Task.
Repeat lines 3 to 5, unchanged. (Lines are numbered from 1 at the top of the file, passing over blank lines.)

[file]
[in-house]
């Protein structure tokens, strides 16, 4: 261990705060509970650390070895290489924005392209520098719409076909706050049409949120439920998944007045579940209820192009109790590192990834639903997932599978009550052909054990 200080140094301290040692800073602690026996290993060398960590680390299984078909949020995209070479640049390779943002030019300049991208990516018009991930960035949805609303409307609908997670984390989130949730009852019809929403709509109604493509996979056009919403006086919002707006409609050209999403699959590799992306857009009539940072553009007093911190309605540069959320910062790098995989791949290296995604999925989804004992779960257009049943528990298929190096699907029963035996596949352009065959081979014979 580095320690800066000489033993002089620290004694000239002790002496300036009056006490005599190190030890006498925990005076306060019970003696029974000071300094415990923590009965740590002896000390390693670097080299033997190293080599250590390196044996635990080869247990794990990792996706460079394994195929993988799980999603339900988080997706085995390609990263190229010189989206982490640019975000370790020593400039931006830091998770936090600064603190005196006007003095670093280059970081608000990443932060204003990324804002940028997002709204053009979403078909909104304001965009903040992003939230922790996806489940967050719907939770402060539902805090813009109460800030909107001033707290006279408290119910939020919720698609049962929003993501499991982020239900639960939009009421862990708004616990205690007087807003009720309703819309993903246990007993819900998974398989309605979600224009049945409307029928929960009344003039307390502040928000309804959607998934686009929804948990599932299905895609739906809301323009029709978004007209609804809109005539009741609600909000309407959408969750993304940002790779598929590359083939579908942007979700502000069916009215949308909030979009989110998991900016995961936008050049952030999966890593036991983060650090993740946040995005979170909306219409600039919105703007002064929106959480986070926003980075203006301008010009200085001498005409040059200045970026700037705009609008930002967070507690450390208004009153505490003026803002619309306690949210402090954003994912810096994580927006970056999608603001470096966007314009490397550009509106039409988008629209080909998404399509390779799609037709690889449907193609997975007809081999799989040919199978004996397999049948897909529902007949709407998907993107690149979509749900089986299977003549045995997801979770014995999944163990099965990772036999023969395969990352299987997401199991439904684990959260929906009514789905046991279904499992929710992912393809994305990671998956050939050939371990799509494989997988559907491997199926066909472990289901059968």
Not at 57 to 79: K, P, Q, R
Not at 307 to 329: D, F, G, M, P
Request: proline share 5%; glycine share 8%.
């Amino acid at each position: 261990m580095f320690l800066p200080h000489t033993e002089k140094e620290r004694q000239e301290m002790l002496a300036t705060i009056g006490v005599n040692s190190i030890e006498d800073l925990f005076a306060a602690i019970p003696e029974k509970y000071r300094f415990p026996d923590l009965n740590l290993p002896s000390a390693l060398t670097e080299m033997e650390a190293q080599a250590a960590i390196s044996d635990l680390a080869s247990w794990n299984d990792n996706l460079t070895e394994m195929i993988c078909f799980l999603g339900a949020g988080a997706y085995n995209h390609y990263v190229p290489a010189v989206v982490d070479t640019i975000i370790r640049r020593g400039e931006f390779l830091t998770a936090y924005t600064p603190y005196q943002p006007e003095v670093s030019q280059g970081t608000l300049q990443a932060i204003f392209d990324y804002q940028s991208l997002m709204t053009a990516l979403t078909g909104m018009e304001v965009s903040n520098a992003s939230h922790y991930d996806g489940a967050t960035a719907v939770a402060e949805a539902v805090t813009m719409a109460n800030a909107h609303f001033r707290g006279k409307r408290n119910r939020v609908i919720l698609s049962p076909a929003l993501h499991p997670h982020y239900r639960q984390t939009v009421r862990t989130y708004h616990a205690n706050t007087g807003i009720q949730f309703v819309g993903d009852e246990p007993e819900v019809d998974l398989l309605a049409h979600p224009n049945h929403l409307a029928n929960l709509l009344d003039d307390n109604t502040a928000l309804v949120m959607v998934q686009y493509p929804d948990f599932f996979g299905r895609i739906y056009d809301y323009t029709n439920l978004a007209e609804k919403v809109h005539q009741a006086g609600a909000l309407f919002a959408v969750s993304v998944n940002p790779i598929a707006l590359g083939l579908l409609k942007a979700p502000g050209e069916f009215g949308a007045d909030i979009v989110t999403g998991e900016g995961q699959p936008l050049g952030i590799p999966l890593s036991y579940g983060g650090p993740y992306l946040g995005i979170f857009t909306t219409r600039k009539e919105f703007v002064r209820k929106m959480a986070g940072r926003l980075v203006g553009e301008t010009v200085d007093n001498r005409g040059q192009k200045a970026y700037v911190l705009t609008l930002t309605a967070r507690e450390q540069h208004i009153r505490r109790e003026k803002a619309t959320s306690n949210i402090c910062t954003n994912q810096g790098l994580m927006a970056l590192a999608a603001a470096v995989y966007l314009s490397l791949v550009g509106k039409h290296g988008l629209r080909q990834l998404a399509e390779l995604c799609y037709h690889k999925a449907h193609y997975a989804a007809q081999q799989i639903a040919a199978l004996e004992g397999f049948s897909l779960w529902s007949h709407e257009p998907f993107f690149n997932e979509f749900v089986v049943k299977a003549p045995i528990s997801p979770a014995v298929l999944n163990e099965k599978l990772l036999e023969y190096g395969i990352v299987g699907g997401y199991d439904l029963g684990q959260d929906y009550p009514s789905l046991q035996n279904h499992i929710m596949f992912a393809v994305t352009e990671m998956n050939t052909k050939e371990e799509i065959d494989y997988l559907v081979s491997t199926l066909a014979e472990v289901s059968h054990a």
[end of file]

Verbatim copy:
Not at 57 to 79: K, P, Q, R
Not at 307 to 329: D, F, G, M, P
Request: proline share 5%; glycine share 8%.